Courtney Flatt

Multimedia Journalist - Based in Richland, WA

Courtney Flatt began her journalism career at The Dallas Morning News as a neighbors editor. There, she also wrote articles for the Metro section, where she reported on community issues ranging from water security to the arts. Courtney earned her master’s in convergence journalism at the University of Missouri and developed a love for radio and documentary film. As a producer at KBIA-FM she hosted a weekly business show, reported and produced talk shows on community and international issues. Her work took her from the unemployment lines, to a Methamphetamine bust, to the tornado damage aftermath in Joplin, Mo.

What I cover
Energy, climate change and the Columbia Basin

Soon to be favorite outdoor activity
Having never lived so close to mountains before, I am determined to learn to snowboard this winter.

A funny thing happened one day in the field...
It was an icy winter morning, and I was trying to get some ambient sound of the Missouri River, which seemed easy enough. I had to make it over a pile of cement rocks to reach this one sandbar. (And if you know me, you know I’m a walking example of Murphy’s Law.)

Realizing this, I securely attached every piece of equipment to my body. Everything except my extra mic. I had climbed halfway across the cement pile when, woosh! My mic fell through a small hole covered by leaves. The mound was probably 10 feet tall.

As I peered down, a fisherman wandered by. He helped me lift a few of the blocks – they probably weighed 50 pounds each. But the mic wasn’t anywhere near the top. Every time I saw the pile after that day, I wondered where my mic wound up.

Likes
Farmers markets, traveling, tea and painting (though I’m pretty bad at it)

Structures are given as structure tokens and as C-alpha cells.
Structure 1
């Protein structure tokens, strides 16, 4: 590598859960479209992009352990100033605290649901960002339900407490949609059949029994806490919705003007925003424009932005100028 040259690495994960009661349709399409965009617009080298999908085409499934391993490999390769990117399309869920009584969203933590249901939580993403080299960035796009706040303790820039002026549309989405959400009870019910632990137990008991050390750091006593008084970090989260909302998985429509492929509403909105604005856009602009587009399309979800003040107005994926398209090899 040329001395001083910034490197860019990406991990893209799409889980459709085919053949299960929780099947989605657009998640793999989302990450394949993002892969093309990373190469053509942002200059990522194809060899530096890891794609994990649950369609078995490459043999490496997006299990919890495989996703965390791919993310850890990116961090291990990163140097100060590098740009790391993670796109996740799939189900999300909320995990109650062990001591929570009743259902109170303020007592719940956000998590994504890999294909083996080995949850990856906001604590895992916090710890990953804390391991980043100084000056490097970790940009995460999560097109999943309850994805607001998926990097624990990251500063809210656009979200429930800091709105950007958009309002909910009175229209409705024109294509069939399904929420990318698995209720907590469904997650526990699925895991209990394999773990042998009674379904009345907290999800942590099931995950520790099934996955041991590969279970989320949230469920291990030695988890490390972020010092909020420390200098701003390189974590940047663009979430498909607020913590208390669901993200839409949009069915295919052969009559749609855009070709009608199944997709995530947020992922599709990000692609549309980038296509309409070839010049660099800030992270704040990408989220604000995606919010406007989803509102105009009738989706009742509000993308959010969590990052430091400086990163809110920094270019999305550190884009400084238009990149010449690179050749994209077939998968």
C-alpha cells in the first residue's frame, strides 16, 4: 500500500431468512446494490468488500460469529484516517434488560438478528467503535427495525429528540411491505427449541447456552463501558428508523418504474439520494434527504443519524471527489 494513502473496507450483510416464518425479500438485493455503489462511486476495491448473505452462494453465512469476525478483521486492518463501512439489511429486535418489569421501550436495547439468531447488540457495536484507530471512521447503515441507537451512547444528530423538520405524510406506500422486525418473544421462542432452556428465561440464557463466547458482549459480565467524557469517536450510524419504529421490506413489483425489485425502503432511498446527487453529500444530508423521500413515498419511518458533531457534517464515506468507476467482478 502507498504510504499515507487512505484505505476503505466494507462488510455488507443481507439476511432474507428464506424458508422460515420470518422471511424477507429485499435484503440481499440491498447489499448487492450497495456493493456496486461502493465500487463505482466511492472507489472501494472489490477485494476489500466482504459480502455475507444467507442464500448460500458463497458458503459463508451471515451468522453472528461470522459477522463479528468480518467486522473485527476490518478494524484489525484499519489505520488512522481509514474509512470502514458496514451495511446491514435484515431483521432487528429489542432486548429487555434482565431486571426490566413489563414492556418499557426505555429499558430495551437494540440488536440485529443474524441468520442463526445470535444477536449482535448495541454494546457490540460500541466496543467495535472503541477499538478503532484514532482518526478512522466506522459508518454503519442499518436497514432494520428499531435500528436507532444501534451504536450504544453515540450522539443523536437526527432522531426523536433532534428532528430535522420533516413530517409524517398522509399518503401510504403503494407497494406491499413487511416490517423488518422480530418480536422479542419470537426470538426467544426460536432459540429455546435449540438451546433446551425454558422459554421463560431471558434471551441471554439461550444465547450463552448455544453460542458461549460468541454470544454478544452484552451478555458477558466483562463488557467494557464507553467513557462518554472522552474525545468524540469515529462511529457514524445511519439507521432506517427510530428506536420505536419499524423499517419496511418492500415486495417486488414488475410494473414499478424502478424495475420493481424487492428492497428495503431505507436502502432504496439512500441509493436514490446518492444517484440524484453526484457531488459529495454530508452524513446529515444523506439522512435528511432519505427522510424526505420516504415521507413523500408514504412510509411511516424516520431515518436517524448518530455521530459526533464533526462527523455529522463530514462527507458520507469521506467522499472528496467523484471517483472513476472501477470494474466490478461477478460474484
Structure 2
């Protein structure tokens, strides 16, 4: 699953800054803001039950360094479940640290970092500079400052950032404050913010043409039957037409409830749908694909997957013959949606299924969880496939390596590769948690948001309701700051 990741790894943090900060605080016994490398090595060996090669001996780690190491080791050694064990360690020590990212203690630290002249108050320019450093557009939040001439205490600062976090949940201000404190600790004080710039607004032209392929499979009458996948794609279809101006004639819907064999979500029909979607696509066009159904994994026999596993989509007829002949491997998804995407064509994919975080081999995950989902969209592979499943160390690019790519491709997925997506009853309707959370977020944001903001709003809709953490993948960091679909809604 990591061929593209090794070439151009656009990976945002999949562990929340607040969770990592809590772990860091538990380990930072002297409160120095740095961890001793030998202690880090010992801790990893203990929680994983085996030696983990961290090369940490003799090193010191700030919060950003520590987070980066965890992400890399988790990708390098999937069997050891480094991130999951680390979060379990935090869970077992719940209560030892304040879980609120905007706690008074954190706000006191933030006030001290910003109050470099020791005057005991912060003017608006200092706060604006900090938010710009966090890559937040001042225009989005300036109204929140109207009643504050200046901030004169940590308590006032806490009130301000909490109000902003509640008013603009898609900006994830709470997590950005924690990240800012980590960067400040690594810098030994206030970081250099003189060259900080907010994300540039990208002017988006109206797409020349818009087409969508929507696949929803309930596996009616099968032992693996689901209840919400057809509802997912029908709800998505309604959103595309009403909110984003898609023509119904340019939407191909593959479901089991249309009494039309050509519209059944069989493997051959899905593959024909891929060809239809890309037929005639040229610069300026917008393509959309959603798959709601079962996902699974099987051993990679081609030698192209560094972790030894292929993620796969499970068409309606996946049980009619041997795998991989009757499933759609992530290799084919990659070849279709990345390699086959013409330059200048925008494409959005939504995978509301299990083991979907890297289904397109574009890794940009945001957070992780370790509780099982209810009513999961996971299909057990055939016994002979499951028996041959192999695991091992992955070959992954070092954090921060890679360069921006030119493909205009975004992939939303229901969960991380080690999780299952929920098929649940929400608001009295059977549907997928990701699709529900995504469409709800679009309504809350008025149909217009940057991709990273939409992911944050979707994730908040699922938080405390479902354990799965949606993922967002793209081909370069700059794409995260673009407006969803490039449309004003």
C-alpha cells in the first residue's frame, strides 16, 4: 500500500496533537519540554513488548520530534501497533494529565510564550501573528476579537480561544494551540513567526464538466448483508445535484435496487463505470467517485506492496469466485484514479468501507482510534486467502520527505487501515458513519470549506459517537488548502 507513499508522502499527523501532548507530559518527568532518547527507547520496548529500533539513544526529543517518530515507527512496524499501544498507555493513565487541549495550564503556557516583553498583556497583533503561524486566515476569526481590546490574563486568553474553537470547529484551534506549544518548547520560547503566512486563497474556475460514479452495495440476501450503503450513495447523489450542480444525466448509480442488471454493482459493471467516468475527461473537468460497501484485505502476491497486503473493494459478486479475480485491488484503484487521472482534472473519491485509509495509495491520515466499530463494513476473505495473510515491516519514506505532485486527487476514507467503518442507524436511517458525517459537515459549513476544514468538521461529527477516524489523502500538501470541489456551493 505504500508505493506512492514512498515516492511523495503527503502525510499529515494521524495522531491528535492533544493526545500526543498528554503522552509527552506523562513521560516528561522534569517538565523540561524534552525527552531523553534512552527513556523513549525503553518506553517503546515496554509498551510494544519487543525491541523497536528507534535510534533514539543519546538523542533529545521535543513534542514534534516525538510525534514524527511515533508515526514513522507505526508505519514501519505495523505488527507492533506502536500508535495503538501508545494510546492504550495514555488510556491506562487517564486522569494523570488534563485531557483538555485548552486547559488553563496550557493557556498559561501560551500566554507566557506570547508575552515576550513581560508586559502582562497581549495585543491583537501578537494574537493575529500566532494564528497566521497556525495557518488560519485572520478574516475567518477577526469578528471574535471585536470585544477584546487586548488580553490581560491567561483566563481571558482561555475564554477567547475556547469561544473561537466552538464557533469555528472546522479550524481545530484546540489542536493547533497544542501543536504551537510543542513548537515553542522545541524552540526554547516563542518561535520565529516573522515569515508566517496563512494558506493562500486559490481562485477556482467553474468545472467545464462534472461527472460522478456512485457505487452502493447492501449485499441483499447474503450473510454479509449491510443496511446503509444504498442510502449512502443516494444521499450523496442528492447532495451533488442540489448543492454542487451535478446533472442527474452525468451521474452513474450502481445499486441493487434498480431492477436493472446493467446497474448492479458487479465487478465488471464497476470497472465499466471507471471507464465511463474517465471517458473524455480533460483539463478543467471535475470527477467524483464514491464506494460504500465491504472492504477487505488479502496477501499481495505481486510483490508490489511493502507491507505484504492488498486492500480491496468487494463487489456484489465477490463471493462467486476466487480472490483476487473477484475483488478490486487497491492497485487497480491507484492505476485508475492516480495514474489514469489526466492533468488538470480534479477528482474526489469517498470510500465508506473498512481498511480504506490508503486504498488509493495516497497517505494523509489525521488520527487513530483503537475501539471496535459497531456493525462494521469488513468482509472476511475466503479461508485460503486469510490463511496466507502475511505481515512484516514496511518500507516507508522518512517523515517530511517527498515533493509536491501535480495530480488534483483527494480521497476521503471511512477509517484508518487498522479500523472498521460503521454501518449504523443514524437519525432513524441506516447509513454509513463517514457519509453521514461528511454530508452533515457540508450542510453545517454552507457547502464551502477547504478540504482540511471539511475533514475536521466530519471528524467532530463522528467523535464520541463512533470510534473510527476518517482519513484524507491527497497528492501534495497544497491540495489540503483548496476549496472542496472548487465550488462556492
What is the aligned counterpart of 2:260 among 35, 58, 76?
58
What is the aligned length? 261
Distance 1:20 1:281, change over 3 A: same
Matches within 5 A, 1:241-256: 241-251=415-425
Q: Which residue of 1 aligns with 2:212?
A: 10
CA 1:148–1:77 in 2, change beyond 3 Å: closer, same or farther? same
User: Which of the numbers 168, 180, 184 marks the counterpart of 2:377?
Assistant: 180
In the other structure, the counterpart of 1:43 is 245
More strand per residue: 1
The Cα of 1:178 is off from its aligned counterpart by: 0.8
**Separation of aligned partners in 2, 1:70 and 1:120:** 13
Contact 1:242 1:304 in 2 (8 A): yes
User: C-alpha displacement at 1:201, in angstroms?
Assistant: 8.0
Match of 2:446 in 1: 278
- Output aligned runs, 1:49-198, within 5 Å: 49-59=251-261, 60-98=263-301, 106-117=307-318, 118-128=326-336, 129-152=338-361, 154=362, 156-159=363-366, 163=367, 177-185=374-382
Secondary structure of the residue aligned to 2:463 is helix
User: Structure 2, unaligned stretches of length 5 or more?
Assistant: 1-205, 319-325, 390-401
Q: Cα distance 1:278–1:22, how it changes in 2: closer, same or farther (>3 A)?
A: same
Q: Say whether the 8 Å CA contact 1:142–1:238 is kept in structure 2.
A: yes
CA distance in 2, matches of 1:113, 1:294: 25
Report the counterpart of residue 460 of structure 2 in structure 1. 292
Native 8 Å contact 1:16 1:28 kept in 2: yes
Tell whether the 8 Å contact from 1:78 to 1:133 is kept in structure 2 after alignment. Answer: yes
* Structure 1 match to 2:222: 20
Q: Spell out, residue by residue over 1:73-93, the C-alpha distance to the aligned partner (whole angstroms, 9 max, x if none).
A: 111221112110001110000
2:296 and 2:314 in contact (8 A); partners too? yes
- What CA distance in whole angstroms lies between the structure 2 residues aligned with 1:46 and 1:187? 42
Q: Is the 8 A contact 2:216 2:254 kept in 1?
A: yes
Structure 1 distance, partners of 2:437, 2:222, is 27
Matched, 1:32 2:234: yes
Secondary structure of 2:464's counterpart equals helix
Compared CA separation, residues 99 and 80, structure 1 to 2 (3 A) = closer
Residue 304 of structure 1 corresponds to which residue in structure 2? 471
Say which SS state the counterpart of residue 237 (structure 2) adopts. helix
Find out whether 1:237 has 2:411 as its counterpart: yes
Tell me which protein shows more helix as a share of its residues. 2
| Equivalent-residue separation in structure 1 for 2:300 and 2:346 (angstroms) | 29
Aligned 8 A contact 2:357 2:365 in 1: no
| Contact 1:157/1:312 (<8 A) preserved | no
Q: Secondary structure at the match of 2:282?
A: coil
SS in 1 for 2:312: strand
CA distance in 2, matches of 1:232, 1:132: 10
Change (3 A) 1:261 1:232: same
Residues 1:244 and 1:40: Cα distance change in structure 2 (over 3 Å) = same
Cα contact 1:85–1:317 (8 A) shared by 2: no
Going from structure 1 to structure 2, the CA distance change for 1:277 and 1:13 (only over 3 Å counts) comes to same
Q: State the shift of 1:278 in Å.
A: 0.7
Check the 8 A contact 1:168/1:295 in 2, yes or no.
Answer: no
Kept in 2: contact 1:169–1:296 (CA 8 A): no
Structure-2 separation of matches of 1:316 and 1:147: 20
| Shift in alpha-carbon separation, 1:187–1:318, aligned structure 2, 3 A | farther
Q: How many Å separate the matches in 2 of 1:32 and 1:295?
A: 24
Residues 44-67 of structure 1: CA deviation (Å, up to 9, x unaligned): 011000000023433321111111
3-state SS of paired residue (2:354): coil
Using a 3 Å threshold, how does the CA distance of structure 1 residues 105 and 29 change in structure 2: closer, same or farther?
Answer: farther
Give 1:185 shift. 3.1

Dislikes
There’s not much… Maybe traffic?

If I weren't a journalist, I would be...
Working on an organic farm in Spain. I actually joined the WOOF program right before graduation. Then I got a job.

Ways to Connect

Chris Doley / NOAA Restoration Center

Oregon voters will decide whether to ban commercial gillnet fishing this November.

Benutzer:Alex Anlicker / Wikimedia Commons

A new public opinion poll finds that water quality ranks as Northwesterners’ top environmental concern.

DHM Research asked 1,200 residents in Washington, Idaho and Oregon about their environmental concerns. 60 percent said they worried about drinking water, and 54 percent said they were concerned about local lakes, rivers and streams. That result tracks with previous polls.

People said they were happy, overall, with the water that comes out of their tap.

DHM Research’s John Horvick says most survey respondents thought that water quality has not improved since the implementation of the Clean Water Act 40 years ago. He says that finding surprised him.

A new study has found that increased coal train traffic could adversely affect Pacific Northwest communities. Reporting for EarthFix, Courtney Flatt has more.

Only one of the Northwest’s various coal export proposals would rely on two different ports. That has residents in a pair of Columbia River towns in wondering if coal will be good for their communities. EarthFix reporter Courtney Flatt has the first part of our story in Boardman.

Environmental regulators have detected high levels of fecal coliform in one of the Northwest's most important areas for growing food. Reporting for EarthFix, Courtney Flatt has more.

Riccardo Rossi / Wikimedia Commons

You might remember predictions of really high spring Chinook runs this year. But, turns outs, after spring salmon runs wrapped up, the numbers were not as high as everyone had hoped.

Since 1978, one eastern Washington county has out-produced all other wheat-growing counties in the U.S. But what to do with all the leftover straw? Reporting for EarthFix, Courtney Flatt explains a group of students at Washington State University has found a way to provide power from farmers’ scraps.

Researchers have developed a fuel cell that could one day power your neighborhood. From EarthFix, Courtney Flatt explains, this new system is much more efficient than power plants.